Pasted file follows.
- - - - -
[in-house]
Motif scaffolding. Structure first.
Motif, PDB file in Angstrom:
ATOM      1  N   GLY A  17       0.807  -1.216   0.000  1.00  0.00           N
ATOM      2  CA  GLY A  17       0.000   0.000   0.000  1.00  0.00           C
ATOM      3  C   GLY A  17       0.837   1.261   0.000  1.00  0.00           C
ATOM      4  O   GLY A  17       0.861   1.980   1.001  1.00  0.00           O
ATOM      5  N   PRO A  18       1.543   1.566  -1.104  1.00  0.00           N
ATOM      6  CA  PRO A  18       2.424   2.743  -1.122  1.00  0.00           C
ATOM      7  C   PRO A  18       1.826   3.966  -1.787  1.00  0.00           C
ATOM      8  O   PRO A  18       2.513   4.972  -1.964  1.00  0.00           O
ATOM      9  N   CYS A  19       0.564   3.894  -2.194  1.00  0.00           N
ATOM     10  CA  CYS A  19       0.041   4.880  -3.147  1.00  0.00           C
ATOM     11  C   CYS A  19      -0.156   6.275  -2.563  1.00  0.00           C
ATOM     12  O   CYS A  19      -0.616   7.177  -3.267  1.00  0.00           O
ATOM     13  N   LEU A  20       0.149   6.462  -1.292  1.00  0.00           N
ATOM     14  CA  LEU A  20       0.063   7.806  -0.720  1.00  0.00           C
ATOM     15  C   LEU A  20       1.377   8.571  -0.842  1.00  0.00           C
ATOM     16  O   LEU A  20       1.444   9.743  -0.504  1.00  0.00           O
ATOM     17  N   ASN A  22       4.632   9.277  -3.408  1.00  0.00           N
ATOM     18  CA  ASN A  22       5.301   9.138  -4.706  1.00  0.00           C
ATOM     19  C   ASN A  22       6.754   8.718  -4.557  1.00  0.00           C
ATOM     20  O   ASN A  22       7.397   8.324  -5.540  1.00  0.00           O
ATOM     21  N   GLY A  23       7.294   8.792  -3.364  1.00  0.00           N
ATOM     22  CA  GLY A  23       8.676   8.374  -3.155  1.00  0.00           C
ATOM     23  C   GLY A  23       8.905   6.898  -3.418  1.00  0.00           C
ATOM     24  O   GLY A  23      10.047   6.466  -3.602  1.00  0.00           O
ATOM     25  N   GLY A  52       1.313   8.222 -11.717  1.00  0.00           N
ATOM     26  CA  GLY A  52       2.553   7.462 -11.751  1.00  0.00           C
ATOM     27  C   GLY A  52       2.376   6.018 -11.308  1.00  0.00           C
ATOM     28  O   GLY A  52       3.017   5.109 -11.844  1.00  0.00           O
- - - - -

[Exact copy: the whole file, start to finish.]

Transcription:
[in-house]
Motif scaffolding. Structure first.
Motif, PDB file in Angstrom:
ATOM      1  N   GLY A  17       0.807  -1.216   0.000  1.00  0.00           N
ATOM      2  CA  GLY A  17       0.000   0.000   0.000  1.00  0.00           C
ATOM      3  C   GLY A  17       0.837   1.261   0.000  1.00  0.00           C
ATOM      4  O   GLY A  17       0.861   1.980   1.001  1.00  0.00           O
ATOM      5  N   PRO A  18       1.543   1.566  -1.104  1.00  0.00           N
ATOM      6  CA  PRO A  18       2.424   2.743  -1.122  1.00  0.00           C
ATOM      7  C   PRO A  18       1.826   3.966  -1.787  1.00  0.00           C
ATOM      8  O   PRO A  18       2.513   4.972  -1.964  1.00  0.00           O
ATOM      9  N   CYS A  19       0.564   3.894  -2.194  1.00  0.00           N
ATOM     10  CA  CYS A  19       0.041   4.880  -3.147  1.00  0.00           C
ATOM     11  C   CYS A  19      -0.156   6.275  -2.563  1.00  0.00           C
ATOM     12  O   CYS A  19      -0.616   7.177  -3.267  1.00  0.00           O
ATOM     13  N   LEU A  20       0.149   6.462  -1.292  1.00  0.00           N
ATOM     14  CA  LEU A  20       0.063   7.806  -0.720  1.00  0.00           C
ATOM     15  C   LEU A  20       1.377   8.571  -0.842  1.00  0.00           C
ATOM     16  O   LEU A  20       1.444   9.743  -0.504  1.00  0.00           O
ATOM     17  N   ASN A  22       4.632   9.277  -3.408  1.00  0.00           N
ATOM     18  CA  ASN A  22       5.301   9.138  -4.706  1.00  0.00           C
ATOM     19  C   ASN A  22       6.754   8.718  -4.557  1.00  0.00           C
ATOM     20  O   ASN A  22       7.397   8.324  -5.540  1.00  0.00           O
ATOM     21  N   GLY A  23       7.294   8.792  -3.364  1.00  0.00           N
ATOM     22  CA  GLY A  23       8.676   8.374  -3.155  1.00  0.00           C
ATOM     23  C   GLY A  23       8.905   6.898  -3.418  1.00  0.00           C
ATOM     24  O   GLY A  23      10.047   6.466  -3.602  1.00  0.00           O
ATOM     25  N   GLY A  52       1.313   8.222 -11.717  1.00  0.00           N
ATOM     26  CA  GLY A  52       2.553   7.462 -11.751  1.00  0.00           C
ATOM     27  C   GLY A  52       2.376   6.018 -11.308  1.00  0.00           C
ATOM     28  O   GLY A  52       3.017   5.109 -11.844  1.00  0.00           O